PROVIDENCE – Rhode Island’s opioid death rate ranked 11th instead of 9th in 2017 thanks to the medical community and the Governor’s Opioid Addiction Working Group, who’ll get $17 million more to keep improving.
In 2017, there were 277 overdose deaths involving opioids in Rhode Island, according to drugabuse.gov—an age-adjusted rate of 26.9 deaths per 100,000 persons, compared to the average national rate of 14.6 deaths per 100,000 persons.
Thursday, U.S. Senator Jack Reed announced the state is receiving $17.1 million in federal funding to combat the state’s opioid epidemic and support prevention, treatment, and recovery programs.
The U.S. Centers for Disease Control and Prevention (CDC) is awarding the Rhode Island Department of Health (RIDOH) $4.5 million to spend on better tracking of overdose deaths so authorities have access to data faster. The CDC grant — which amounts to about $300 million nationwide this year — is being split up between 47 states. And over the next two years, about $600 million more is scheduled to be awarded, subject to appropriations.
In addition, the Substance Abuse and Mental Health Services Administration (SAMHSA) is allocating nearly $12.6 million to Rhode Island through State Opioid Response (SOR) grants. These grants provide funding to states to help reduce overdose related deaths through prevention, treatment, and recovery efforts. Each state receives not less than $4 million through the program, with additional funding provided to the states with the highest mortality rates due to drug overdoses.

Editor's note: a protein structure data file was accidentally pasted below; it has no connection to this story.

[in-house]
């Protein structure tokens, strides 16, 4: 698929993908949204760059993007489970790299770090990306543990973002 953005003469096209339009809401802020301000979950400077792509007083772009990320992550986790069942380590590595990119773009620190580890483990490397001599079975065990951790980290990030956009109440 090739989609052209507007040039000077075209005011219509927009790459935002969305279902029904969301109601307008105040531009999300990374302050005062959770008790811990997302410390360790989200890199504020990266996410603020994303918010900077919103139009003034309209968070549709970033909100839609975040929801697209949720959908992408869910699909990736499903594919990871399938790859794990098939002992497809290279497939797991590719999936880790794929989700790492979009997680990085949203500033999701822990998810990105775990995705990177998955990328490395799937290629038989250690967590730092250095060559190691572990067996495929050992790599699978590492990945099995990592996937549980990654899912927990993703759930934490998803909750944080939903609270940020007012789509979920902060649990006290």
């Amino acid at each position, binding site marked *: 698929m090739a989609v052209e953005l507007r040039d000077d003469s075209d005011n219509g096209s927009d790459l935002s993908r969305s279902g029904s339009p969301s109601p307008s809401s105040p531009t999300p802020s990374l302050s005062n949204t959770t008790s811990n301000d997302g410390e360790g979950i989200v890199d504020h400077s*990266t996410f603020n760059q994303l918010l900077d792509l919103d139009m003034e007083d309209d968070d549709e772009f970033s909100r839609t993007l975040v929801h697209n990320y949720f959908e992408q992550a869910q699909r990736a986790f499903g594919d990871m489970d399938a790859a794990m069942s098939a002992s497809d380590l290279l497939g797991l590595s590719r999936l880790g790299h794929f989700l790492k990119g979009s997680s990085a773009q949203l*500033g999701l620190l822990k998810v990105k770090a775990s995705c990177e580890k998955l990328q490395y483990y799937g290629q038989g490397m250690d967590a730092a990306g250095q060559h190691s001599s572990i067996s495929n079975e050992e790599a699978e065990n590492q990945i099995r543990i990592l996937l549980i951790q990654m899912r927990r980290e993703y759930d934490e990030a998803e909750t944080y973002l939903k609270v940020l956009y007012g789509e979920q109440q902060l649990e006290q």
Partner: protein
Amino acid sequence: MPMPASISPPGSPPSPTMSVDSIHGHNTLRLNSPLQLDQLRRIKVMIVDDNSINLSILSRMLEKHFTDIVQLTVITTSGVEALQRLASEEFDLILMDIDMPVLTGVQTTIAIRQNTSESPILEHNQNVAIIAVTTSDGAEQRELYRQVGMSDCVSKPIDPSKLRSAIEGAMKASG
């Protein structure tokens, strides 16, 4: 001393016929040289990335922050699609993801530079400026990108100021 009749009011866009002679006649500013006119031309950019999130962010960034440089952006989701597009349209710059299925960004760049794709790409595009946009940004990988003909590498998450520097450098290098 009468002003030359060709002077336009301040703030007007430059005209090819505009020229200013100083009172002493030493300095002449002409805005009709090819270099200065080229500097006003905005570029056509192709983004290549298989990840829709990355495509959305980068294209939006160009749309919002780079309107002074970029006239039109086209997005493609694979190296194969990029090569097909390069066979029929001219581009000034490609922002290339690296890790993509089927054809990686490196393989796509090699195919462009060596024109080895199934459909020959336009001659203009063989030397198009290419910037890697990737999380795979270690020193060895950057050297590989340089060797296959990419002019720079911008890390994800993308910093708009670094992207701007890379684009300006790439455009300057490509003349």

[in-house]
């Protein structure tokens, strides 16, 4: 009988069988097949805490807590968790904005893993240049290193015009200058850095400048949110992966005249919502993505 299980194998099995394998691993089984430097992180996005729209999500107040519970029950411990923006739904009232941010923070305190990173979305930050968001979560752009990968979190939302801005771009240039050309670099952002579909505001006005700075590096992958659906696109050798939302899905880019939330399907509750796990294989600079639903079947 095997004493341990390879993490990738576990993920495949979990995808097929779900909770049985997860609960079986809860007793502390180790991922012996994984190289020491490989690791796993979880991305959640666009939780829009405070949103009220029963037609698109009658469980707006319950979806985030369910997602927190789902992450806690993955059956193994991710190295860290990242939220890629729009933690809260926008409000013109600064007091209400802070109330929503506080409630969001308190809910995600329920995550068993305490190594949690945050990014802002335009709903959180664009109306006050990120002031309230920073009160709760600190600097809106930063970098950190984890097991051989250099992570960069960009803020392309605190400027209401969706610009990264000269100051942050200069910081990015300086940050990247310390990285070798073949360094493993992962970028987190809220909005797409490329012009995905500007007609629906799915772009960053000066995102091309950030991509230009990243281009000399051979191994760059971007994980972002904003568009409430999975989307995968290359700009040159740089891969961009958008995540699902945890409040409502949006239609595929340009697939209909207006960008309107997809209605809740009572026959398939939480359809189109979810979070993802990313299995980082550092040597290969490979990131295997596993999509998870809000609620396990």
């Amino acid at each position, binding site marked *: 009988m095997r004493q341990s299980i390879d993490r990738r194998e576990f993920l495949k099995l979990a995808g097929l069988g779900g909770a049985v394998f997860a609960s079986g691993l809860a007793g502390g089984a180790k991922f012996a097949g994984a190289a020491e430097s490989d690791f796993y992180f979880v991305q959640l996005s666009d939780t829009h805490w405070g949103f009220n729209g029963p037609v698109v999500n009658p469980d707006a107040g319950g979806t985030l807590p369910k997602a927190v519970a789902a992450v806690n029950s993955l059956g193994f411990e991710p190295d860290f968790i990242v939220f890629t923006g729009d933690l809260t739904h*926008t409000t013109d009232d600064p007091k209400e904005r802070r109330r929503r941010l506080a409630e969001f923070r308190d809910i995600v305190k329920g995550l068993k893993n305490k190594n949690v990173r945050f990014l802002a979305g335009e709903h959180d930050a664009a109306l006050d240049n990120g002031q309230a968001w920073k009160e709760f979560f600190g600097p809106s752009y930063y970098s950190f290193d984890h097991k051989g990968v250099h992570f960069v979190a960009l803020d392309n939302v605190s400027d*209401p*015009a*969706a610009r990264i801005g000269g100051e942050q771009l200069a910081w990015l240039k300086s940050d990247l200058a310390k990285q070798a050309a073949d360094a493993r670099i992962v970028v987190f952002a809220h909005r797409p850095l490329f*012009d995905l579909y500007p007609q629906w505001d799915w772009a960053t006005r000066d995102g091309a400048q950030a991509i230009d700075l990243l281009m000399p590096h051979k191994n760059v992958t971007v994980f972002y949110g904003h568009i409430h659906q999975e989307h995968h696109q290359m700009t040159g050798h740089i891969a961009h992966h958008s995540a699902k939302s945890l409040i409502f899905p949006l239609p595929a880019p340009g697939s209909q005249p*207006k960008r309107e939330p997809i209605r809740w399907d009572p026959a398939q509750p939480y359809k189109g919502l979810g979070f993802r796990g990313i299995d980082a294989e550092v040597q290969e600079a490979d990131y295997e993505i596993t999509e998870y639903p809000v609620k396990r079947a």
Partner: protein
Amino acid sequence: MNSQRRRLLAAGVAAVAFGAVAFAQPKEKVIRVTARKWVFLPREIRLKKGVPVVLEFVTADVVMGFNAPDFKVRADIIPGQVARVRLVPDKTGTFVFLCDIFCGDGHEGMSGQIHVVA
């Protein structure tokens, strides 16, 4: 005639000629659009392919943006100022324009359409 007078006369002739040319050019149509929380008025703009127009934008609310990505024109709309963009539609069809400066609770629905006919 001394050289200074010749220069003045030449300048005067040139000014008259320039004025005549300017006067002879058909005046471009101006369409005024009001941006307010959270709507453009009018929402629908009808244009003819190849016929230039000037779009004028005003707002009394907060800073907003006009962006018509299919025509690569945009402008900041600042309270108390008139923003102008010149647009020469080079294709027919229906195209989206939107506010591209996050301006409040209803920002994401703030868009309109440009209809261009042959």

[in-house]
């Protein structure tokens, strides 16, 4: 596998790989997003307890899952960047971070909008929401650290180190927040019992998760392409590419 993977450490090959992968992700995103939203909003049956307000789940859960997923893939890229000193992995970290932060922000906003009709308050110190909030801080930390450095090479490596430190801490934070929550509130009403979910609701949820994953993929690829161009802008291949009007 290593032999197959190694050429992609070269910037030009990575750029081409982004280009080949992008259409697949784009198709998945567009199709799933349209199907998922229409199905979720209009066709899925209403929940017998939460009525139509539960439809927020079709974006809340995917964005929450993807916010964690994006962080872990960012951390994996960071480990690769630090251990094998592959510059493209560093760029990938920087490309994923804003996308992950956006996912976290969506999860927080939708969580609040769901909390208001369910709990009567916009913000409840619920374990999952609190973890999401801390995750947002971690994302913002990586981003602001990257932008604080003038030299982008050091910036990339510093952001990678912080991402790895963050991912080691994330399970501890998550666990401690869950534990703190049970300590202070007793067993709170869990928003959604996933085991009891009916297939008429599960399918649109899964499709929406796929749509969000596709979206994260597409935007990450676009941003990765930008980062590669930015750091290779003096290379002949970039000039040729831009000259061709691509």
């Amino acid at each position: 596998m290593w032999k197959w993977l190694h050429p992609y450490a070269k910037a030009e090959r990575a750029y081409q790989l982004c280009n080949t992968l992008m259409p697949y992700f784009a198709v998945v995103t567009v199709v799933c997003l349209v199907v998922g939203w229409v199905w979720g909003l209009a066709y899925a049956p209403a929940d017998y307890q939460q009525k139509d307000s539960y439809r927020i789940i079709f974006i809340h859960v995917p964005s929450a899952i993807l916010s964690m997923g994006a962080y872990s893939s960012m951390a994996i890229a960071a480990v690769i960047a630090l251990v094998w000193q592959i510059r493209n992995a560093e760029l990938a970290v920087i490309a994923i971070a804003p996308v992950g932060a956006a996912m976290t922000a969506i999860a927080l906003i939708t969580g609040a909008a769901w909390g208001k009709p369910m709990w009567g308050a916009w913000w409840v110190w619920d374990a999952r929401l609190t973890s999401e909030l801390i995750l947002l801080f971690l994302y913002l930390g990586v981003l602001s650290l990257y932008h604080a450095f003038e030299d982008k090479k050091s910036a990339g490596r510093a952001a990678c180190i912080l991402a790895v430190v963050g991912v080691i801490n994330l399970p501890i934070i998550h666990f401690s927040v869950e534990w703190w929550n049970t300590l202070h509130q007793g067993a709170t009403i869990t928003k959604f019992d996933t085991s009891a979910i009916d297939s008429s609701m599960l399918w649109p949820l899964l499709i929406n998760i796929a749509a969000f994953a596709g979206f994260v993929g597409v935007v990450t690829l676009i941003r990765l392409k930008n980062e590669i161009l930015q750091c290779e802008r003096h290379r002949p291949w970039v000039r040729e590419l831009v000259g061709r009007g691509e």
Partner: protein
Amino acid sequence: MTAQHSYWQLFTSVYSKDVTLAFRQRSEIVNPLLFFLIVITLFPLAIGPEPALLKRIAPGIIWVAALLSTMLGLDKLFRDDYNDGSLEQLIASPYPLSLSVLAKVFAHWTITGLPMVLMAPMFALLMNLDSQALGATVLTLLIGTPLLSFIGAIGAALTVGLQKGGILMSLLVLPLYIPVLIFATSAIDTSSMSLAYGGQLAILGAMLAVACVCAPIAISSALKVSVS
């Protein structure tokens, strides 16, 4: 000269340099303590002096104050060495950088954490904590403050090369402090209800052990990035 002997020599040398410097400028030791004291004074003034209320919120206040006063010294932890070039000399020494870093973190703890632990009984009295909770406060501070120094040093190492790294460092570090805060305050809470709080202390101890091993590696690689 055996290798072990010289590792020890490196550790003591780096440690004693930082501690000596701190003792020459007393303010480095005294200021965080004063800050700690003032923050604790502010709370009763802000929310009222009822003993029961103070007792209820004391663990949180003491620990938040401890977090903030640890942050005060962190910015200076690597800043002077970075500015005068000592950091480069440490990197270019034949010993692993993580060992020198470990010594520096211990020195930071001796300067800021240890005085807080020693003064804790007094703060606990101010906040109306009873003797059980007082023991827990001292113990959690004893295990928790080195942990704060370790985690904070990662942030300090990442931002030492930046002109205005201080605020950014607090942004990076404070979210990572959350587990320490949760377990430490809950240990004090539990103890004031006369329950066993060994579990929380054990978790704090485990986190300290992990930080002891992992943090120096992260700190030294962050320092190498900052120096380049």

“Rhode Island is making progress to combat the opioid epidemic, and these federal funds will bolster the state’s efforts to support effective prevention, treatment, and recovery programs, said Reed, who serves on the Appropriations Committee, and helped lead efforts to secure this funding in the Department of Defense and Labor, Health and Human Services, and Education Appropriations Act of 2019. “I’m pleased Rhode Island has been granted this additional federal assistance to help save lives, improve treatment, and address this public health crisis.”
On average, 130 Americans lose their lives to a drug overdose involving opioids every day, according to the CDC. According to the Rhode Island Department of Health and statistics compiled by the state’s Overdose Prevention and Intervention Task Force, 314 Rhode Islanders died of accidental drug overdoses in 2018. That number marks a slight decline from the previous year.
Nationally, there were about 68,557 overdose deaths in 2018, about a 5 percent decline from 72,224 deaths in 2017. This marks the first decline in drug overdose deaths since 1990.